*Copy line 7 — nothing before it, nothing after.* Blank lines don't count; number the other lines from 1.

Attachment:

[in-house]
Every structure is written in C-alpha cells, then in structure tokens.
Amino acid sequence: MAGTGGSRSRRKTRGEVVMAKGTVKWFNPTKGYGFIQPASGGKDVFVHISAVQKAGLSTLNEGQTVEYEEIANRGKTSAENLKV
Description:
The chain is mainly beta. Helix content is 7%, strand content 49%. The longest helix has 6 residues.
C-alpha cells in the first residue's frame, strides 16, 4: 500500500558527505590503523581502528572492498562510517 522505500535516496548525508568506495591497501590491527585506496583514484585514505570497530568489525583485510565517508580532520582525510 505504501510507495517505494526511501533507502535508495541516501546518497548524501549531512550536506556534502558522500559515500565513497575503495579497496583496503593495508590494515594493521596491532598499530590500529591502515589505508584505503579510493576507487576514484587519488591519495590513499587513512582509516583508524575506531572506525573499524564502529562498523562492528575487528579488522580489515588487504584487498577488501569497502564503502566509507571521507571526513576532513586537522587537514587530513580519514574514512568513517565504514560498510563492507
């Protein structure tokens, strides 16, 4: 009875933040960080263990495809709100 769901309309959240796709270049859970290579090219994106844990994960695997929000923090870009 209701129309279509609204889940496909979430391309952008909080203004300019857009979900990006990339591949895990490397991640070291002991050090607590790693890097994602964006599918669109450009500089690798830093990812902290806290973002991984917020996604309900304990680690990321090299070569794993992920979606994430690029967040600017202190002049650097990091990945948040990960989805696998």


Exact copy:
């Protein structure tokens, strides 16, 4: 009875933040960080263990495809709100 769901309309959240796709270049859970290579090219994106844990994960695997929000923090870009 209701129309279509609204889940496909979430391309952008909080203004300019857009979900990006990339591949895990490397991640070291002991050090607590790693890097994602964006599918669109450009500089690798830093990812902290806290973002991984917020996604309900304990680690990321090299070569794993992920979606994430690029967040600017202190002049650097990091990945948040990960989805696998």